News in Brief: US Steps Up Secret War in Yemen, and More

US Steps Up Secret War in Yemen

United States forces have stepped up a covert war against suspected militants in Yemen amid the violence and unrest that has weakened the country's government, according to The New York Times. The Obama administration is exploiting the instability caused by warring factions and anti-government movements to launch strikes at al-Qaeda militants with drones and fighter jets. The authoritarian government of Yemini President Ali Abdullah Saleh is a close ally of the US and has authorized limited American counterterrorism efforts in the country since 2009, but Saleh's government is currently fighting for survival, making room for broader American involvement. Last week, US fighter jets killed a suspected al-Qaeda militant, and witnesses say four civilians also died in the strike.

Japan Underestimated Radiation Release From Daiichi Meltdown

Japan now estimates that the amount of radiation that was initially released from the Fukushima Daiichi nuclear power plant damaged by an earthquake and tsunami in April could have been twice as high as previously thought, according to the Environment News Service. Tokyo Electric Power, the company that runs the plant, also admitted on Monday that three reactors in the plant experienced a full meltdown. The amount of radiation initially released is estimated to be about 40 percent of the radiation released during the Chernobyl meltdown, which is wildly considered the worst nuclear accident in history. The new revised figures have raised concerns about the accuracy of information provided by Japanese authorities in the face of international scrutiny.

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Hackers Access Citigroup Credit Card Accounts

Citigroup Inc. reported today that hackers compromised the company's information system and gained access to the credit card accounts of 200,000 customers, or about 1 percent of the total accounts with Citigroup, according to The Washington Post. The hackers broke into Citigroup's online account service and were able to view customers' account numbers, contact information and email addresses. The hackers could not access card security codes, Social Security numbers and birth dates. It is unclear if the hacker attacks are associated with recent attacks on big companies like Sony and Bank of America.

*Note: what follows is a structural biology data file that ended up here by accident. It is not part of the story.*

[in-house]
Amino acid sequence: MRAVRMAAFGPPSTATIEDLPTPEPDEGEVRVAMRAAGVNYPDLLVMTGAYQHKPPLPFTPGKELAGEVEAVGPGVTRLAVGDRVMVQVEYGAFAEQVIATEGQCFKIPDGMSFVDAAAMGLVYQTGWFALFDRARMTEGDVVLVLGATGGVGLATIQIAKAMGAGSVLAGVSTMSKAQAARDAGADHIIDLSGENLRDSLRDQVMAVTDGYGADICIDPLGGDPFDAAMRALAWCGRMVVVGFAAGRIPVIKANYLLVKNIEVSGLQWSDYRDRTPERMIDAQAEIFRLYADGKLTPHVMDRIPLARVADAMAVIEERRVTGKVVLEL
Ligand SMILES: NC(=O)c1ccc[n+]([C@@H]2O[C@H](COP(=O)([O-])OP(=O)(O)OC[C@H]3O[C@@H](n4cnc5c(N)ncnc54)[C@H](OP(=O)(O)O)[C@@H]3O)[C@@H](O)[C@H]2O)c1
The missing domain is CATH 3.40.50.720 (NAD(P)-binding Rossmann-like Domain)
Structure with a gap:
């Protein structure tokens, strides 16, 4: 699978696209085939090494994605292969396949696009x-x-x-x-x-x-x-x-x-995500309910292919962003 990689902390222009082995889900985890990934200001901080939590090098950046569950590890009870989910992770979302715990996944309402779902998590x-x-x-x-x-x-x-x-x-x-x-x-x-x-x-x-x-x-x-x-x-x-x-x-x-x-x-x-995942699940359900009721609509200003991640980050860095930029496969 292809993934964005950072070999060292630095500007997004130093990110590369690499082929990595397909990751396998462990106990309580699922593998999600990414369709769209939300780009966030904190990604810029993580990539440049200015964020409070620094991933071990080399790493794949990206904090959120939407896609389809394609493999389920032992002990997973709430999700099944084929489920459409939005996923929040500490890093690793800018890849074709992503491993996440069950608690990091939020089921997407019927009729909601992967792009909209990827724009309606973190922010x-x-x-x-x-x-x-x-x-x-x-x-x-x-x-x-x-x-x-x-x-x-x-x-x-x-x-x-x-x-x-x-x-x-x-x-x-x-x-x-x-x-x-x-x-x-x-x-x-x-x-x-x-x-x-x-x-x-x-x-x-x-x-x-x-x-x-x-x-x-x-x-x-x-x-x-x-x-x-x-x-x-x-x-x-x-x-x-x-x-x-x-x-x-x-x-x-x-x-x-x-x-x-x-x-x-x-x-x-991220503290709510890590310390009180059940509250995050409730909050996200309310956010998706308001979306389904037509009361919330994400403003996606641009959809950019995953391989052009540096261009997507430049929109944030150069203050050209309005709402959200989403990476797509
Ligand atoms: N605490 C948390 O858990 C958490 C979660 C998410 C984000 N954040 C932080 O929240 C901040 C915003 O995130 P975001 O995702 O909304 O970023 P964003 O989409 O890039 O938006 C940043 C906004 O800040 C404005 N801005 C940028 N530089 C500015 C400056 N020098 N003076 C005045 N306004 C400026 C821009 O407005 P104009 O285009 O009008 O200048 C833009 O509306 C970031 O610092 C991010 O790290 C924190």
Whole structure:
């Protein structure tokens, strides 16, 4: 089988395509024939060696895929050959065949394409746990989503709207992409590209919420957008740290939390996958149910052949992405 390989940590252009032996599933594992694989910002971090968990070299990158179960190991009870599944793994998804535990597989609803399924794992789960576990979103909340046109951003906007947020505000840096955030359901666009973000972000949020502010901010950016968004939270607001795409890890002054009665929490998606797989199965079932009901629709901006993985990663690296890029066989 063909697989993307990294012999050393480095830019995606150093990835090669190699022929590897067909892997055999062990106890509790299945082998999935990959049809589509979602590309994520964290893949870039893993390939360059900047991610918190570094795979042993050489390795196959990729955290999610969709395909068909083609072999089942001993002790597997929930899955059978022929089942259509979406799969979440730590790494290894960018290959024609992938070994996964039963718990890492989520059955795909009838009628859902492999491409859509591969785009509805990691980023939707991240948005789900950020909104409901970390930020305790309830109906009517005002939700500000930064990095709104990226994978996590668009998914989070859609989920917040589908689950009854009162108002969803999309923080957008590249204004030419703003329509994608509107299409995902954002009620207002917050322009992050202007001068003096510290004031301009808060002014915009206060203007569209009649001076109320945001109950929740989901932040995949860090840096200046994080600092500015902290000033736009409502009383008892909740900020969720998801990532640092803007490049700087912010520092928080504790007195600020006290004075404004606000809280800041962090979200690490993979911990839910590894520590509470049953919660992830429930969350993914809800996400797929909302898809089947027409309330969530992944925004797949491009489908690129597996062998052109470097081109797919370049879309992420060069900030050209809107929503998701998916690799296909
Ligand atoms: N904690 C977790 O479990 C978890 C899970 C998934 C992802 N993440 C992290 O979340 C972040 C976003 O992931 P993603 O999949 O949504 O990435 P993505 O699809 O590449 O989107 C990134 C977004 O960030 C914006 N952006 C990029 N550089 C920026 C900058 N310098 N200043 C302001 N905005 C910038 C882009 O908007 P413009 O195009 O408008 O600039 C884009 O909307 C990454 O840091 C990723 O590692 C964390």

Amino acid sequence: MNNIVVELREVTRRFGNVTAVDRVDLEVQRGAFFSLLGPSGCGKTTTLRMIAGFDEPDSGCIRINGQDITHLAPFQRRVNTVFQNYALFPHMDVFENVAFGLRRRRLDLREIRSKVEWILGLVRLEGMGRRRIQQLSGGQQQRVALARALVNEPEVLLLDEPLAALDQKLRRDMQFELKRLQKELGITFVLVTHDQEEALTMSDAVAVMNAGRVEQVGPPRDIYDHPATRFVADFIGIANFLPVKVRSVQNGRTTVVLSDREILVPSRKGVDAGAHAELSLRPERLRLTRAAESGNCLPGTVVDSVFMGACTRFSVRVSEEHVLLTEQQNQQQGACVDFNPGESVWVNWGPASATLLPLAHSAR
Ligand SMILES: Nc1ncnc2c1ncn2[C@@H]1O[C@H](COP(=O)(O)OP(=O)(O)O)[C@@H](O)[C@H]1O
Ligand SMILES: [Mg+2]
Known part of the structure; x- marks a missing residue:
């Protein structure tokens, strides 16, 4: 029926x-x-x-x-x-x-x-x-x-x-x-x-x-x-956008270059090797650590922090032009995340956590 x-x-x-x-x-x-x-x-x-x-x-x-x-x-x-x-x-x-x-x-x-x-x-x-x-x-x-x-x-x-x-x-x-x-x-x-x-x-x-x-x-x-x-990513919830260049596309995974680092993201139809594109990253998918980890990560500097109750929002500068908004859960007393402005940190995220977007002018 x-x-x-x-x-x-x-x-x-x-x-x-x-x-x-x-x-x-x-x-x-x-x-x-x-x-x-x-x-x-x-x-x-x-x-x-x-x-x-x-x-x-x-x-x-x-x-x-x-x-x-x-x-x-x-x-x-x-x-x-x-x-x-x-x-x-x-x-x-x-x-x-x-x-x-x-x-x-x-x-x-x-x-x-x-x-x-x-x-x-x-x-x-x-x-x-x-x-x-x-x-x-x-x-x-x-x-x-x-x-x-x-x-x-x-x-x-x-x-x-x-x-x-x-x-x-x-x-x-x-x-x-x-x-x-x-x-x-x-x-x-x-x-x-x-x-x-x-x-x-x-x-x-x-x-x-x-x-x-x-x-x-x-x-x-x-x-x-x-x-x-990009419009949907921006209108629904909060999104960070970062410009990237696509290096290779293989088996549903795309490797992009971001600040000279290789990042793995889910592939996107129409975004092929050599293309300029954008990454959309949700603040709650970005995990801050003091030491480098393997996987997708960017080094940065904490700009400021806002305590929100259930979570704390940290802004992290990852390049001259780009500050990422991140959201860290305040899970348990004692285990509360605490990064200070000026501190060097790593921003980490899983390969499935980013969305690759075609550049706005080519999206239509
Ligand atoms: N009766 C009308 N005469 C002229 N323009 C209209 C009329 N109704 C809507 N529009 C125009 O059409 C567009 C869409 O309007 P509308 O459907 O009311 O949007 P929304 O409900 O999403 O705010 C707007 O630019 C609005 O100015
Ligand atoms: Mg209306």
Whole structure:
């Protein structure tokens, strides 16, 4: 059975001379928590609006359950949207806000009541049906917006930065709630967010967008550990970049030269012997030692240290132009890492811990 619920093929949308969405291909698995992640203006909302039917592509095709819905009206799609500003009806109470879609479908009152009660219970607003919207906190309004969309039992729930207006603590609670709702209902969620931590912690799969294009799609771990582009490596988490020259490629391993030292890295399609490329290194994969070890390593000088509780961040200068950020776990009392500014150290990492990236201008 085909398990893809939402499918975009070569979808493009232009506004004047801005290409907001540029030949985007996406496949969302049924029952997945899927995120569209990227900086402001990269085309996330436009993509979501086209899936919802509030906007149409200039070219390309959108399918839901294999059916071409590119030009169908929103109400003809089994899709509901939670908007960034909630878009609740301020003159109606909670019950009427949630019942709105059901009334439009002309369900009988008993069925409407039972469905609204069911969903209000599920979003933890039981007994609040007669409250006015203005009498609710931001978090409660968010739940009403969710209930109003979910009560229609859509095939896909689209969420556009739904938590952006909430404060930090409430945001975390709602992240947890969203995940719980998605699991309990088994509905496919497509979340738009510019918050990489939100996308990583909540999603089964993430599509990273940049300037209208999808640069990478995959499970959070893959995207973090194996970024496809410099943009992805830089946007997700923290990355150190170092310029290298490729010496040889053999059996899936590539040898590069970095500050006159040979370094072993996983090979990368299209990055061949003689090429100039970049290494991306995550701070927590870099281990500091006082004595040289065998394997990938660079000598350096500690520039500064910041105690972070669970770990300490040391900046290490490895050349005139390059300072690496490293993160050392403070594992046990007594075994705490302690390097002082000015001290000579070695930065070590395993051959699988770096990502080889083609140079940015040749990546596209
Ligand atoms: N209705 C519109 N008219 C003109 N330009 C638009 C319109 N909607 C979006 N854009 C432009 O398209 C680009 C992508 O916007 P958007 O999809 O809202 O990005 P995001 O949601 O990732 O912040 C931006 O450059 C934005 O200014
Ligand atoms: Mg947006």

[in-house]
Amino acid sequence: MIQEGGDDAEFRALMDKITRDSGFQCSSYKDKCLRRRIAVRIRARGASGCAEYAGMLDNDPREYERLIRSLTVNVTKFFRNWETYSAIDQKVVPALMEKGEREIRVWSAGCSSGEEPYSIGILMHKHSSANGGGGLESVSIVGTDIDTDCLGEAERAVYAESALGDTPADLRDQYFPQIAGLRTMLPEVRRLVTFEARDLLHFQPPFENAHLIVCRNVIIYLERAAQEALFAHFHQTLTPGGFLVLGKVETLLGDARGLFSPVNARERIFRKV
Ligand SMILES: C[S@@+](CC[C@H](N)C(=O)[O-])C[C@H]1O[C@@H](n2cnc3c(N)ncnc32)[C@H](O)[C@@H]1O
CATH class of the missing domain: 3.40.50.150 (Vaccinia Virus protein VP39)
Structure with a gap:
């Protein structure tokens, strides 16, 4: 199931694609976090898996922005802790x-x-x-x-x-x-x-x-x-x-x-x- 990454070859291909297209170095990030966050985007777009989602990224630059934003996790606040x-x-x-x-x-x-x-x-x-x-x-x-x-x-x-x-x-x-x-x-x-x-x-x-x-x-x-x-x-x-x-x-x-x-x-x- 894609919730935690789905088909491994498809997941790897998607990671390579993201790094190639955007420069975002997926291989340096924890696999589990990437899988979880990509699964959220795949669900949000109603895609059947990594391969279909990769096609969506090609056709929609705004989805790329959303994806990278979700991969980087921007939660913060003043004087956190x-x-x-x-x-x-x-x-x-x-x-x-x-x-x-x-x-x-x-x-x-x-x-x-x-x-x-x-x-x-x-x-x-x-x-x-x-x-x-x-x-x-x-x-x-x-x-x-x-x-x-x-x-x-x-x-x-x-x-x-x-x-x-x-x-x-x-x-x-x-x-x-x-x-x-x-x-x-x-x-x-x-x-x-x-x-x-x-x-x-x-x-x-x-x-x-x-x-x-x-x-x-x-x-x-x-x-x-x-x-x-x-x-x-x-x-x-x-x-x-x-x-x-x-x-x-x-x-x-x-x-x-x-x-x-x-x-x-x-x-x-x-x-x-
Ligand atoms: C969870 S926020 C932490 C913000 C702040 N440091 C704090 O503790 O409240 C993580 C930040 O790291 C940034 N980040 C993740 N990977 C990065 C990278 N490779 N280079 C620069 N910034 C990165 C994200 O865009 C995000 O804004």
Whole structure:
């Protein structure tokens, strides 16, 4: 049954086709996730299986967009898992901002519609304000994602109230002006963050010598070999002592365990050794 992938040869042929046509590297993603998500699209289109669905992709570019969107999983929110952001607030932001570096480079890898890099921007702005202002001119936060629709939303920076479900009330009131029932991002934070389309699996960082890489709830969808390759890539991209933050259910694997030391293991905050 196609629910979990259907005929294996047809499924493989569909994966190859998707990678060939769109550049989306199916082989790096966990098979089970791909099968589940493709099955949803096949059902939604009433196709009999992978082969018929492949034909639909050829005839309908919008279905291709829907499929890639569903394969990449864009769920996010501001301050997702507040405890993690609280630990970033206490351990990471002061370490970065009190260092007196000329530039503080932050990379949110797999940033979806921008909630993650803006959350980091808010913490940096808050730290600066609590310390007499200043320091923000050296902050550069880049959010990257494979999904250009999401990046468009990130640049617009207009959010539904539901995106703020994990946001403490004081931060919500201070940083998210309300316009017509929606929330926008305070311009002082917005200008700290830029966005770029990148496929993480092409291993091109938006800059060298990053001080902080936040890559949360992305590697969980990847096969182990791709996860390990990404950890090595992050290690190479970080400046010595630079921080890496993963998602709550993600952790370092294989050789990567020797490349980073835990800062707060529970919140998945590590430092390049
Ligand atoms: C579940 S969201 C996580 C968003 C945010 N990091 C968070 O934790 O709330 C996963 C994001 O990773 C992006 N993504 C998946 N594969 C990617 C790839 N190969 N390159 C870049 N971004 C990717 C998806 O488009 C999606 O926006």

Highly Skilled Immigrants Now the Majority

Immigrants in the United States considered to be highly skilled workers now outnumber those considered lower skilled, according to The Washington Post. A new study by the Brookings Institute shows that 30 percent of immigrant workers have at least a bachelor's degree, while 28 percent do not have a high school diploma. The growing number of highly skilled foreign workers reflects shifting economic demands and could have a big impact on the current immigration debate, which tends to focus on lower-skilled workers seeking better jobs in the US.

EPA Declassifies Chemicals in Health Studies

The Environmental Protection Agency this week made public the identities of 150 chemicals contained in 104 health safety studies formerly kept confidential by the chemical industry, according to a press release. The names of the chemicals had been redacted from the studies in the past because they were considered industry secrets. The declassification is a result of an ongoing effort to make more information available to the public. The chemicals involved are used in consumer products like air fresheners, dispersants, nonstick and stain-resistant materials, fire-resistant compounds and lead.